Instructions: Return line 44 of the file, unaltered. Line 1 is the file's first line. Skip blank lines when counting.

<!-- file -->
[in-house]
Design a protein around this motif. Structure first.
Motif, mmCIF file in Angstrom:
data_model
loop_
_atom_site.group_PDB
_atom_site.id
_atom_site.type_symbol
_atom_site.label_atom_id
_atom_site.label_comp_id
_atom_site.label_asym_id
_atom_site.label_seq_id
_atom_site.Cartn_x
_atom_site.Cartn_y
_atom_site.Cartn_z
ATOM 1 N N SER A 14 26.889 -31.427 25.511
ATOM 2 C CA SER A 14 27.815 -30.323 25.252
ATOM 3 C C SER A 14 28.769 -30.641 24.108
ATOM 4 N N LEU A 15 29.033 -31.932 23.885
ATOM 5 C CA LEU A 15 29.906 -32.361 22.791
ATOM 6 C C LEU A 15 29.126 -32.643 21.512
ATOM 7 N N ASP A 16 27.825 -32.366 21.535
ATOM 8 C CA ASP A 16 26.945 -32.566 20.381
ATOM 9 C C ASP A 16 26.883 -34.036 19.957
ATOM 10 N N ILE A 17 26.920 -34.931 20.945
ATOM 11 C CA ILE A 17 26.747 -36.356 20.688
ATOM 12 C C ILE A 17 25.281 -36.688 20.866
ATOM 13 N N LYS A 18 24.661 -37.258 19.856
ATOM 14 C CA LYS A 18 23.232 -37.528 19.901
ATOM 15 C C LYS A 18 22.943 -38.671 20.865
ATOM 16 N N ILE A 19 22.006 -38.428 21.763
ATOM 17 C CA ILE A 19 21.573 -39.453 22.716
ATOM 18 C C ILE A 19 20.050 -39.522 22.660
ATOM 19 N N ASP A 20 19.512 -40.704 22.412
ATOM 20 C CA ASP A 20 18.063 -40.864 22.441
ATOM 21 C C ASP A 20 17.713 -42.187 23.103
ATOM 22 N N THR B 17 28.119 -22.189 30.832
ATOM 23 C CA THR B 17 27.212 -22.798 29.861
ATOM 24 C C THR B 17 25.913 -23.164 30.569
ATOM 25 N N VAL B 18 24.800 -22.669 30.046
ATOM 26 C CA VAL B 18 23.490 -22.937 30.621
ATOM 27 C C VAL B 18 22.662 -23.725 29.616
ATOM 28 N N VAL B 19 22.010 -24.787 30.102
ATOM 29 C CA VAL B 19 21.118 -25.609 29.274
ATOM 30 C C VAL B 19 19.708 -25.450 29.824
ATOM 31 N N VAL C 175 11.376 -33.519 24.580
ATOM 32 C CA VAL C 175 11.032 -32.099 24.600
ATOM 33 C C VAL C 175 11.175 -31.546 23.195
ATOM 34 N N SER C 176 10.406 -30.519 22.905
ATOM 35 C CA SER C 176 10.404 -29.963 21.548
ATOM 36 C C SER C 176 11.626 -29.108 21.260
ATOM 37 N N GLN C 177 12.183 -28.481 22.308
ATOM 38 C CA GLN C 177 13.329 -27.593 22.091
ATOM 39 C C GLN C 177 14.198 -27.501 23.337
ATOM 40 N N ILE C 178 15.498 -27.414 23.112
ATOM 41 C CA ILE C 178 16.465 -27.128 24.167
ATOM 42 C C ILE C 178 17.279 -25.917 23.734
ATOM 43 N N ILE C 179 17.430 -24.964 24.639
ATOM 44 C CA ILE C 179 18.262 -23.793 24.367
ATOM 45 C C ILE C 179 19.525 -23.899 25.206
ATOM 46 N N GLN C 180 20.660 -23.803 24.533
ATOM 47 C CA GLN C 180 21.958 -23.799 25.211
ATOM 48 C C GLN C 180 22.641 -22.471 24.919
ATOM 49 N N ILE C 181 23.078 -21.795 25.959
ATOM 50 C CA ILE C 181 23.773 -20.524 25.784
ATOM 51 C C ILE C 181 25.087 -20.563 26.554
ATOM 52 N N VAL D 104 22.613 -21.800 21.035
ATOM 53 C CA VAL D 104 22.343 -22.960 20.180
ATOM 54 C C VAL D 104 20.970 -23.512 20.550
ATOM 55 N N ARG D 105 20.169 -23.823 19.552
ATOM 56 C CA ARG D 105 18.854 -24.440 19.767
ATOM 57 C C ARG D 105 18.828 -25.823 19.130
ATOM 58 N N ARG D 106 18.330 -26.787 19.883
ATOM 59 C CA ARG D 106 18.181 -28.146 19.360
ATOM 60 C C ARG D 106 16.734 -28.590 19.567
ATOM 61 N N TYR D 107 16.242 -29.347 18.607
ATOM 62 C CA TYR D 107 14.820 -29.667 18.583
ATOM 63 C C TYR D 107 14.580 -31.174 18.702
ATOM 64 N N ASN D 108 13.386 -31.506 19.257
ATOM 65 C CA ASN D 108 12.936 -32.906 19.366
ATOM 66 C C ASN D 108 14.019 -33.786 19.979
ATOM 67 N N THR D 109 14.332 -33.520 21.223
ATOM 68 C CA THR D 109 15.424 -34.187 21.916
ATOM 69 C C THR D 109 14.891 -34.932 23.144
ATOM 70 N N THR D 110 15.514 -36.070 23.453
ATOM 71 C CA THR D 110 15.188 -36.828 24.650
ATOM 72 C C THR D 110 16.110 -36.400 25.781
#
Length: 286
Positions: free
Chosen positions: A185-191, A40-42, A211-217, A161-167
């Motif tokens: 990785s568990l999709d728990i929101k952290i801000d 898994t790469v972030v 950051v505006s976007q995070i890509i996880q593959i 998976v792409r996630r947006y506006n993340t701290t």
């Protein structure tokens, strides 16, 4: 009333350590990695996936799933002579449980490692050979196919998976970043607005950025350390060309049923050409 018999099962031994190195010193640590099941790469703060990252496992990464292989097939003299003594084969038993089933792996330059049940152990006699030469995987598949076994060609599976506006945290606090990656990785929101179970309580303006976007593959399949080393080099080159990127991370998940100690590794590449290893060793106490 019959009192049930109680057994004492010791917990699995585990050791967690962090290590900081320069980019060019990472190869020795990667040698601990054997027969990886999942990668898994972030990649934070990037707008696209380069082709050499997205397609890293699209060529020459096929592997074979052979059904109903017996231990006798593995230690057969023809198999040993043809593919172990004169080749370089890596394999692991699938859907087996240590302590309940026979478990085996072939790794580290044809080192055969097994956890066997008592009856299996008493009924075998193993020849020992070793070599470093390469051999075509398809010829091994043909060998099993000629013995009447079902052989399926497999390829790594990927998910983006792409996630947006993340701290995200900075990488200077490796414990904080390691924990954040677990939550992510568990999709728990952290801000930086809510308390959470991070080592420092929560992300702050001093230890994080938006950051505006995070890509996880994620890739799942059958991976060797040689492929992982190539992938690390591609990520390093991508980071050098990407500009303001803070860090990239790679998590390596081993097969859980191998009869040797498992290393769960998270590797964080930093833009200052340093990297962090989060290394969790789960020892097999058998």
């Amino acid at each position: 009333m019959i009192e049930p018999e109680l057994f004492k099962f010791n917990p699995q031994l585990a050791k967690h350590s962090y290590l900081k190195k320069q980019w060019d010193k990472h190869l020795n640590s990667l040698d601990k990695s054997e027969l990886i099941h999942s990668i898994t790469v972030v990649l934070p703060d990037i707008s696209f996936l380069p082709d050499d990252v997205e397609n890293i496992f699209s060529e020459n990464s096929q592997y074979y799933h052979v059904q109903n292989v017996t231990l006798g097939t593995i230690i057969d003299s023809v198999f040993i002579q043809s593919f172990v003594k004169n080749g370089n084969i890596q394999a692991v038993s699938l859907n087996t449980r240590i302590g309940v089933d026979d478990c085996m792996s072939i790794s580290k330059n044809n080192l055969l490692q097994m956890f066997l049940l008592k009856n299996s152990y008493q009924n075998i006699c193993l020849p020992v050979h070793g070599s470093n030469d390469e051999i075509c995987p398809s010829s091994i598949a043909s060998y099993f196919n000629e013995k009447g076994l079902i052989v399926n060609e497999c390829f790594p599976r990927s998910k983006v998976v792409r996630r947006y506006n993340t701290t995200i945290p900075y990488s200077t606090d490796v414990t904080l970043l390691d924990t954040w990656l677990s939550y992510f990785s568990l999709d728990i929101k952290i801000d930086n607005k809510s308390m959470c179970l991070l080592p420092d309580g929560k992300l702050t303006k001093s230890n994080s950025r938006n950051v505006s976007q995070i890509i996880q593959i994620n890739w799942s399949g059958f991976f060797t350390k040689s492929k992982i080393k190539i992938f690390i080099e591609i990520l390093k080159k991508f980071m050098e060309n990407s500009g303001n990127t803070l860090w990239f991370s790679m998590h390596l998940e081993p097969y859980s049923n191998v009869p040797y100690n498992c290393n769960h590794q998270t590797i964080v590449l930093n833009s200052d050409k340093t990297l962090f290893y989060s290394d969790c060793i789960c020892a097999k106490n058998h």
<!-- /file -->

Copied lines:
ATOM 29 C CA VAL B 19 21.118 -25.609 29.274